It’s often interesting to look through the search queries this site gets to see what people are looking for. Over the past few months the phrase “delete all lyrics” has been showing up pretty frequently. Don’t know why it isseems like it wasn’t so long ago the phrase “find song lyrics” was more prominent. Fads! Who can predict ’em?
I already have a script that will delete the lyrics of a selection of tracks. But this would be rather slow if you used it against every track in the library. So I’ve posted Delete All Lyrics. This is a Cocoa-AppleScript applet (for OS 10.6 and 10.7 only) that will fairly quickly go through all the tracks in the “Music” playlist and delete the lyrics. So whether you’re tired of trying to sing-along or just need to clear out some bytes, it should do the trick.
Correspondent Dave Reynolds was dismayed that he could no longer enjoy watching cover flow album art “dance” across the TV while enjoying his music. To his chagrin, the Apple TV 2 no longer has the screen saver that displays floating album art. So, he used Save Album Art to Album Folder to export his album art as files to a chosen folder (like ~/Pictures/iTunes Art/) and then pointed the Apple TV (ATV: Settings > Screen Sharing > Photos > Computers > the Computer to Use) to use that folder as a screen saver (iTunes: Advanced > Choose Photos to Share). Party on, Dave.
If you are using iTunes Match to update your music to the higher-quality Store stuff you may run into a duplicate file problem if you don’t Trash the original files first. For example, I’ve got an album of MP3s I ripped in 2002 at 128K and now want the 256K AACs that I can download with iTunes Match. The trick here (explained by Macworld’s Jason Snell) is to delete the tracks and Trash the files from iTunes, but not from the cloud. Then I can click the tracks’ cloud icon to download the new files from the Store. However, if I don’t Trash the files they will remain in my iTunes Media folder heirarchy and when the new AACs are downloaded I’ll have the original MP3s alongside the new AACs.
But, if you get yourself into this situation you can easily find and remove the files that are no longer in your iTunes library (but which are still in your iTunes Media folder) with Music Folder Files Not Added. This app will list the files in your designated iTunes Media folder which are not in your current iTunes library so that you can Trash them (or add them, if you like).
iTunes 10.5.2 appears to fix some issues I was seeing regarding AppleScripting and iTunes Match. In 10.5.1, AppleScript occasionally wouldn’t recognize that a track had “morphed” from shared track to file tracksay, after downloading a file from the cloudand visa versa without restarting iTunes. This is fixed and AppleScript detects the change of class immediately.
Also, attempting to delete an iTunes Match file track from the library will no longer elicit the alert dialog requiring confirmation to remove the track from the cloud; the track will simply remain in the library as a shared track and will remain in the cloud. Its file remains in its original location (although its local file path can be retrieved via the track’s location property and used to move, Trash or rm the file if necessary). For obvious security reasons, AppleScript cannot delete a track from the cloud or completely delete an iTunes Match track from iTunes. This kind of removal can only be done manually by the user.
I should note that a script probably should remove the file when deleting an iTunes Match track from the library (that is, library playlist 1; deleting from an ordinary user playlist simply removes the track from the playlist, as expected). Otherwise, re-downloading the file from the cloud will create a duplicate file.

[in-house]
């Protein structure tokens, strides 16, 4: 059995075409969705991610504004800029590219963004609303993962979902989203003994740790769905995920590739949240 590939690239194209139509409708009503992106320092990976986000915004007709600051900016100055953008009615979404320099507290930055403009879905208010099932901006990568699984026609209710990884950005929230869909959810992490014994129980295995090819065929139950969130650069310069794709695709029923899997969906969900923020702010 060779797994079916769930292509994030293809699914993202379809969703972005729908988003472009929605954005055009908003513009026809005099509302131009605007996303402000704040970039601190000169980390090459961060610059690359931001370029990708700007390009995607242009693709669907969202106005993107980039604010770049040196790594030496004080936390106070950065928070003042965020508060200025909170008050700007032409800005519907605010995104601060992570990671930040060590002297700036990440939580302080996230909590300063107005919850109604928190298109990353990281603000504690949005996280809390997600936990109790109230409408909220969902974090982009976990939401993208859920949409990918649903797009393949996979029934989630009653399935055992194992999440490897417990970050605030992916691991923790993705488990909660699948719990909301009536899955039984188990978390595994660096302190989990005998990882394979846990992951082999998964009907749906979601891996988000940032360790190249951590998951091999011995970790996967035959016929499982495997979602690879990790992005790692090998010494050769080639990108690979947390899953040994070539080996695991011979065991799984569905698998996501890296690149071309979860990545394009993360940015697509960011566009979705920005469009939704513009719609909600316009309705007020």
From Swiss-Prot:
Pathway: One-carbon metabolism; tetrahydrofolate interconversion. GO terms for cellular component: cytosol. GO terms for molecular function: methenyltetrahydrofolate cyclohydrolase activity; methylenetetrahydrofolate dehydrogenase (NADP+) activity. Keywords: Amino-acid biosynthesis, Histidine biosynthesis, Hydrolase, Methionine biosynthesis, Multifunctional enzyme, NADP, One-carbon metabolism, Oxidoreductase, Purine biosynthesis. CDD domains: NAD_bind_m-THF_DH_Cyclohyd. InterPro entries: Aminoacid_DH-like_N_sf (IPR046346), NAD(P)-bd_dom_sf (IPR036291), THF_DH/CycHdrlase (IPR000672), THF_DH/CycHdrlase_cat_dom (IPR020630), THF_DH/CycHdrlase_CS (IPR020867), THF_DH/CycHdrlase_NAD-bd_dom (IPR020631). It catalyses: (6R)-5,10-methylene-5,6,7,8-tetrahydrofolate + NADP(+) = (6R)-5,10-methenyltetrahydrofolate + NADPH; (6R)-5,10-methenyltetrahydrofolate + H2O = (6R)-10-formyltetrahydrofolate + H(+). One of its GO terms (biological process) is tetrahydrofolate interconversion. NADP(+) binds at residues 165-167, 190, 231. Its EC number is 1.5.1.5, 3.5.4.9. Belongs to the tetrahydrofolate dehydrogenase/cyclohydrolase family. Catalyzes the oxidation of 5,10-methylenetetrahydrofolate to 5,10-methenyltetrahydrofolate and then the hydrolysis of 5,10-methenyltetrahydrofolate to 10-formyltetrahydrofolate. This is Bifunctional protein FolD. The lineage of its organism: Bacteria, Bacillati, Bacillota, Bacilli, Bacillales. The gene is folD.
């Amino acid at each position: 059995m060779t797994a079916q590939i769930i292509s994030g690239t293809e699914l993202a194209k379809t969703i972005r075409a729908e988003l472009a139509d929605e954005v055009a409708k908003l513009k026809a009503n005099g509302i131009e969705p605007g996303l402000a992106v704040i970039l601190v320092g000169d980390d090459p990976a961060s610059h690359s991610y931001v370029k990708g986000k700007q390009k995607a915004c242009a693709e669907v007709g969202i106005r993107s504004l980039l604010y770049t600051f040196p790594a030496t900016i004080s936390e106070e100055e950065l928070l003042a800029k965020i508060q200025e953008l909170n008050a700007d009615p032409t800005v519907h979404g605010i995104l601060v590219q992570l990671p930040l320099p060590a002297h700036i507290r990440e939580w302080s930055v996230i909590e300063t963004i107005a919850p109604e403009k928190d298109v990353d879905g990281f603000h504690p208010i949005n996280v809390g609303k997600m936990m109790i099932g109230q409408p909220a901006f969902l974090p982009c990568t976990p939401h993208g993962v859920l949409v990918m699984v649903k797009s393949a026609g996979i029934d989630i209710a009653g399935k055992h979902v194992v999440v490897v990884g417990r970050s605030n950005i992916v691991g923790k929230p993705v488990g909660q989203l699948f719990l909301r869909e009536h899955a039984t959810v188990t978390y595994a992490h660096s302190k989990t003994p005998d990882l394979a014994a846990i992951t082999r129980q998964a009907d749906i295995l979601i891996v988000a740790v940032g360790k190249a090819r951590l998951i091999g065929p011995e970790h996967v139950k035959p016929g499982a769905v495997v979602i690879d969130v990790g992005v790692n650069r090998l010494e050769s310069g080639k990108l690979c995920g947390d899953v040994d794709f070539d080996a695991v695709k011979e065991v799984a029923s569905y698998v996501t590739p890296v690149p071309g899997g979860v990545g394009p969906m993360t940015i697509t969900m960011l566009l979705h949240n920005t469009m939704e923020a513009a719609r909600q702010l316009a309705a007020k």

On another note entirely, I’m seeing artwork now appearing again as a track’s file’s Finder icon. Since iTunes 10.4 artwork behavior has beenas one tweet to me put it”hinky” in this regard. I don’t pay much attention to artwork so this may have been fixed in 10.5.1 or perhaps is an iTunes Match phenomenon.
More as it develops.
(UPDATE: Several Correspondents have reported that artworks were showing up as Finder icons again as of 10.5.1.)
Apple posted iTunes 10.5.2 today with improvements to iTunes Match (not sure which specific issues have been addressed yet) and a fix for an CD audio distortion issue.
iTunes will stop updating a Podcast subscription if you haven’t played at least one of its episodes in five days. Update Expired Podcasts v2.2 will go through every Podcast subscription and update it so you don’t have to manually update each one individually.
This latest version adds a routine that checks to see if iTunes is running before proceeding with updating the Podcasts. Now, you may be asking yourself: if I’m running the script from the iTunes Script menu then why would the script need to check if iTunes is already running? Because: I’m going to show you how to regularly launch the script automatically and invisibly in the background and you may not want iTunes to run when the script fires. If you’re not familiar with launchd then read on.
I’ve been hearing of an iTunes Match glitch that somehow or another creates thousands of empty playlists. Here’s a script that will delete every empty playlist:
tell application “iTunes”
set y to (get index of last user playlist)
repeat with i from y to 1 by -1
set thisPlaylist to user playlist i
if special kind of thisPlaylist is none then
if not (exists track 1 of thisPlaylist) then
It may time-out because the number of actions it has to perform is so large. Just run it until the empties are gone.
Restore Artwork from Album Folder v2.1 will look for an image file in the parent folder of each selected track’s filepresumably its “Album” folderand apply the data from that image file as artwork for the track.
This latest version addresses an issue whereby the script stalls when no image file is found and logs folders without image file to Console.